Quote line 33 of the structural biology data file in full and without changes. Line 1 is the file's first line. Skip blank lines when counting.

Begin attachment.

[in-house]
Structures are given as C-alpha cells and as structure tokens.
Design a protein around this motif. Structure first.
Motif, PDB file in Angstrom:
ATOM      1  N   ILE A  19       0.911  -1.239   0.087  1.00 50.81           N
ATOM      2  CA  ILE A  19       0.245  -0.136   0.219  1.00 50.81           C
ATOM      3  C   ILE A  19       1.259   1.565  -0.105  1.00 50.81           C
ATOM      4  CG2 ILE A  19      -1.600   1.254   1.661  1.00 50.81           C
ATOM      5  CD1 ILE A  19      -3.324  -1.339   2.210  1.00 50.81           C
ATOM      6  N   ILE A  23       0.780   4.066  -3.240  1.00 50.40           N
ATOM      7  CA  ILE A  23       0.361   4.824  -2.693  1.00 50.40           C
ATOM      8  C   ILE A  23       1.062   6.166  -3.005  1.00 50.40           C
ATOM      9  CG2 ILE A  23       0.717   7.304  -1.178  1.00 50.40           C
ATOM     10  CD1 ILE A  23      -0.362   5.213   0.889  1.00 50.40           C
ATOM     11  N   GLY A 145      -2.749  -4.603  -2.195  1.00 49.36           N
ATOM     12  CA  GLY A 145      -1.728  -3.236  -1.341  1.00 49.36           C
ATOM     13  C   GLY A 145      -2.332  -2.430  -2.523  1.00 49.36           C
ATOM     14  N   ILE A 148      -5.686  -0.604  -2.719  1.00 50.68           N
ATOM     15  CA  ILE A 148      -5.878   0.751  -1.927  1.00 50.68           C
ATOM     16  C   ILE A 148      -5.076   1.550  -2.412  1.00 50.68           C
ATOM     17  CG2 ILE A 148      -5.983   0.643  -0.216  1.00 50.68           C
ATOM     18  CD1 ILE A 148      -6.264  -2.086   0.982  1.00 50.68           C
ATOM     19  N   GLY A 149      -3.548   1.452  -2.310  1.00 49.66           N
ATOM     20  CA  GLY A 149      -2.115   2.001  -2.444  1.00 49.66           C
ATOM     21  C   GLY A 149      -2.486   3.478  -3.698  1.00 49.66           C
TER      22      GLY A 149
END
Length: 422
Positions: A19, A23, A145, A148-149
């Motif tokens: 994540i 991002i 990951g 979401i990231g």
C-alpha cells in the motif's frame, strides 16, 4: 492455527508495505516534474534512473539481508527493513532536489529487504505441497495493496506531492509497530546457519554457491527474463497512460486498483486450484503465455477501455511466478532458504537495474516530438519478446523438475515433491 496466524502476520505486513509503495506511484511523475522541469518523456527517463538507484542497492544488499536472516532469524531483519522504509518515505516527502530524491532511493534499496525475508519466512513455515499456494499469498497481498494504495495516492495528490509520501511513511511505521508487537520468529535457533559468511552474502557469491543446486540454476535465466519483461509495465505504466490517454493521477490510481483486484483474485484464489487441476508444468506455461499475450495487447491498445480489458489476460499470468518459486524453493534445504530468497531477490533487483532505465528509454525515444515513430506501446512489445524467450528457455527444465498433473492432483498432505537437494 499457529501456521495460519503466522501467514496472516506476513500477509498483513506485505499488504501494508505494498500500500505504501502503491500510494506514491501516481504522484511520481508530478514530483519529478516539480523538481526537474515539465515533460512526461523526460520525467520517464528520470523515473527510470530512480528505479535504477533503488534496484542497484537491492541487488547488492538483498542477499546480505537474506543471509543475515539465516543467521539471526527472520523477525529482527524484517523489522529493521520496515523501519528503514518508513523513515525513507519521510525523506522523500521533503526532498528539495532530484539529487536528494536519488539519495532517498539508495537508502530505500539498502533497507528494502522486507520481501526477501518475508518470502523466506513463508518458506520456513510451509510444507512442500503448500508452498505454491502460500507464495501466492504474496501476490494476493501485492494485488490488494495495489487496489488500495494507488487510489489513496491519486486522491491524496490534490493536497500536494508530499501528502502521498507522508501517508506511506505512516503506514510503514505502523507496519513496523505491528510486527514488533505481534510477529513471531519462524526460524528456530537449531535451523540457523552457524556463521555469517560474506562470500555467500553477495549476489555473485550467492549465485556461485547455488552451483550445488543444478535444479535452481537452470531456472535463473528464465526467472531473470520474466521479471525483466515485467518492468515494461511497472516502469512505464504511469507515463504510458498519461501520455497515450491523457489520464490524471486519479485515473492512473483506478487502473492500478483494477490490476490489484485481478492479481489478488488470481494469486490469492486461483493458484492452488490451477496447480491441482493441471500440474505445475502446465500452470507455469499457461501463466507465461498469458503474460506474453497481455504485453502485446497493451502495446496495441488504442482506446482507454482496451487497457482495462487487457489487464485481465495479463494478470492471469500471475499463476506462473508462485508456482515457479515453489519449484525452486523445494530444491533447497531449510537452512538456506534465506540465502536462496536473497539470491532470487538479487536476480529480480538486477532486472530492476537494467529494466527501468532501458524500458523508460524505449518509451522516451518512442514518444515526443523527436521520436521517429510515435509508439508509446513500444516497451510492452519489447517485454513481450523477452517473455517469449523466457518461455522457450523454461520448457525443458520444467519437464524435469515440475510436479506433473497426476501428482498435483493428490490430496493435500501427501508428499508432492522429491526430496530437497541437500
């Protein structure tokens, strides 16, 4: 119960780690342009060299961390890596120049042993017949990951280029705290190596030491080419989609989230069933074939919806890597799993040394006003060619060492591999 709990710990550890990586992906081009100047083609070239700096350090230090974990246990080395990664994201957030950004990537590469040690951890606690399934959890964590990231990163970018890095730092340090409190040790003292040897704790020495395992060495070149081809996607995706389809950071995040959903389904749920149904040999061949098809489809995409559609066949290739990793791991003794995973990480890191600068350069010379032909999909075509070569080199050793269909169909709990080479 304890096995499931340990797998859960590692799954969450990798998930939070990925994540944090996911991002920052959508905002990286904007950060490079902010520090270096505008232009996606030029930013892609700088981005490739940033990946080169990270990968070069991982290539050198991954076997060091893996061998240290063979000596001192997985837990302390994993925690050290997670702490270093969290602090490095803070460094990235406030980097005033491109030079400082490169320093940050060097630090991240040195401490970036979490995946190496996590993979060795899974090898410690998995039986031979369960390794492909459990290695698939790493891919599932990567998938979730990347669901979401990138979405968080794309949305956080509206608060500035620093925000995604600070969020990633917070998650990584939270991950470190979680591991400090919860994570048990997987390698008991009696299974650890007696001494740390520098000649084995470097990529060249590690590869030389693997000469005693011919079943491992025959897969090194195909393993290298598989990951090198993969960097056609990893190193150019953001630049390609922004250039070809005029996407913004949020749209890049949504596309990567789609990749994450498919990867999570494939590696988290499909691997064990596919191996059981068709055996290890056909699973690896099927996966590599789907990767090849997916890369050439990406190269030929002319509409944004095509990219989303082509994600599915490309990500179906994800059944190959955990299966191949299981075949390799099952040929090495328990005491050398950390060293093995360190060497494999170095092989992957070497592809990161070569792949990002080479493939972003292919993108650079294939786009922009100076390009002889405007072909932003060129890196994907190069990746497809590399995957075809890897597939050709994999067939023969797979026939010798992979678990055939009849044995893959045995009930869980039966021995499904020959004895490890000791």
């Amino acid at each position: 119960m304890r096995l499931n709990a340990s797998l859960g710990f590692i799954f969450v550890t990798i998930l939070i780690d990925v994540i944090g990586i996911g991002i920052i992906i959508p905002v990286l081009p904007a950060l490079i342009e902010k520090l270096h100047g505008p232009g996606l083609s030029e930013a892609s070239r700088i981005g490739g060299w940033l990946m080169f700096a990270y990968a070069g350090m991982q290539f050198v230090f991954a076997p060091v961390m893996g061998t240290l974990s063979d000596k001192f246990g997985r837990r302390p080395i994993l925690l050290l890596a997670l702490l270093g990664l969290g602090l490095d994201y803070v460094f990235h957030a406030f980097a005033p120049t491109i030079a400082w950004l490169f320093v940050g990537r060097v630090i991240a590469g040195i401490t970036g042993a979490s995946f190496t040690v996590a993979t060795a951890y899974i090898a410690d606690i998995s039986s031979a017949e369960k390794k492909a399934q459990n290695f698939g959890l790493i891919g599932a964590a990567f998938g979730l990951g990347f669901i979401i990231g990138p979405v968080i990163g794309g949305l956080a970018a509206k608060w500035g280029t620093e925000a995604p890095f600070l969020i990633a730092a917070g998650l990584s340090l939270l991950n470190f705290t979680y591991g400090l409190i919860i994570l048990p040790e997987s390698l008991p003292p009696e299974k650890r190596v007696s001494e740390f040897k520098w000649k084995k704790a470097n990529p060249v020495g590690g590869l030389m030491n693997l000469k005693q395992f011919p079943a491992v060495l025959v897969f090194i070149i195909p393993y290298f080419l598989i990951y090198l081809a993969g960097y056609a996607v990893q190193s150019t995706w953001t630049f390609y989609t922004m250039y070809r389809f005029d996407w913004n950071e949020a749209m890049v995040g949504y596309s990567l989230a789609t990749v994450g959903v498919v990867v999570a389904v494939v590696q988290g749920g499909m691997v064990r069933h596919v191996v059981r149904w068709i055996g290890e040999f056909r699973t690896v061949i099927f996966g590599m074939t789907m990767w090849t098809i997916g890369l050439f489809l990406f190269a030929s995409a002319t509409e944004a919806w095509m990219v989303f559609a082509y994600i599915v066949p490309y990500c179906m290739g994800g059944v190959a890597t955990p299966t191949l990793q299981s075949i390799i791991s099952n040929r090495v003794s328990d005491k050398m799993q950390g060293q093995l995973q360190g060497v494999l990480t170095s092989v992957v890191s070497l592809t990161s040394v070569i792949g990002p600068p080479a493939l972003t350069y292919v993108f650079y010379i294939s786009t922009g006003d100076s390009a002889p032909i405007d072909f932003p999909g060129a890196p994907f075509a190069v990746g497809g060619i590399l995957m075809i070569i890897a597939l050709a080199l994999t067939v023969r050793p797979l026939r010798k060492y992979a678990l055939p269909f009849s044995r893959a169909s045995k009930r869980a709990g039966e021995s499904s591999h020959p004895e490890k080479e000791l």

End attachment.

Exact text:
């Amino acid at each position: 119960m304890r096995l499931n709990a340990s797998l859960g710990f590692i799954f969450v550890t990798i998930l939070i780690d990925v994540i944090g990586i996911g991002i920052i992906i959508p905002v990286l081009p904007a950060l490079i342009e902010k520090l270096h100047g505008p232009g996606l083609s030029e930013a892609s070239r700088i981005g490739g060299w940033l990946m080169f700096a990270y990968a070069g350090m991982q290539f050198v230090f991954a076997p060091v961390m893996g061998t240290l974990s063979d000596k001192f246990g997985r837990r302390p080395i994993l925690l050290l890596a997670l702490l270093g990664l969290g602090l490095d994201y803070v460094f990235h957030a406030f980097a005033p120049t491109i030079a400082w950004l490169f320093v940050g990537r060097v630090i991240a590469g040195i401490t970036g042993a979490s995946f190496t040690v996590a993979t060795a951890y899974i090898a410690d606690i998995s039986s031979a017949e369960k390794k492909a399934q459990n290695f698939g959890l790493i891919g599932a964590a990567f998938g979730l990951g990347f669901i979401i990231g990138p979405v968080i990163g794309g949305l956080a970018a509206k608060w500035g280029t620093e925000a995604p890095f600070l969020i990633a730092a917070g998650l990584s340090l939270l991950n470190f705290t979680y591991g400090l409190i919860i994570l048990p040790e997987s390698l008991p003292p009696e299974k650890r190596v007696s001494e740390f040897k520098w000649k084995k704790a470097n990529p060249v020495g590690g590869l030389m030491n693997l000469k005693q395992f011919p079943a491992v060495l025959v897969f090194i070149i195909p393993y290298f080419l598989i990951y090198l081809a993969g960097y056609a996607v990893q190193s150019t995706w953001t630049f390609y989609t922004m250039y070809r389809f005029d996407w913004n950071e949020a749209m890049v995040g949504y596309s990567l989230a789609t990749v994450g959903v498919v990867v999570a389904v494939v590696q988290g749920g499909m691997v064990r069933h596919v191996v059981r149904w068709i055996g290890e040999f056909r699973t690896v061949i099927f996966g590599m074939t789907m990767w090849t098809i997916g890369l050439f489809l990406f190269a030929s995409a002319t509409e944004a919806w095509m990219v989303f559609a082509y994600i599915v066949p490309y990500c179906m290739g994800g059944v190959a890597t955990p299966t191949l990793q299981s075949i390799i791991s099952n040929r090495v003794s328990d005491k050398m799993q950390g060293q093995l995973q360190g060497v494999l990480t170095s092989v992957v890191s070497l592809t990161s040394v070569i792949g990002p600068p080479a493939l972003t350069y292919v993108f650079y010379i294939s786009t922009g006003d100076s390009a002889p032909i405007d072909f932003p999909g060129a890196p994907f075509a190069v990746g497809g060619i590399l995957m075809i070569i890897a597939l050709a080199l994999t067939v023969r050793p797979l026939r010798k060492y992979a678990l055939p269909f009849s044995r893959a169909s045995k009930r869980a709990g039966e021995s499904s591999h020959p004895e490890k080479e000791l």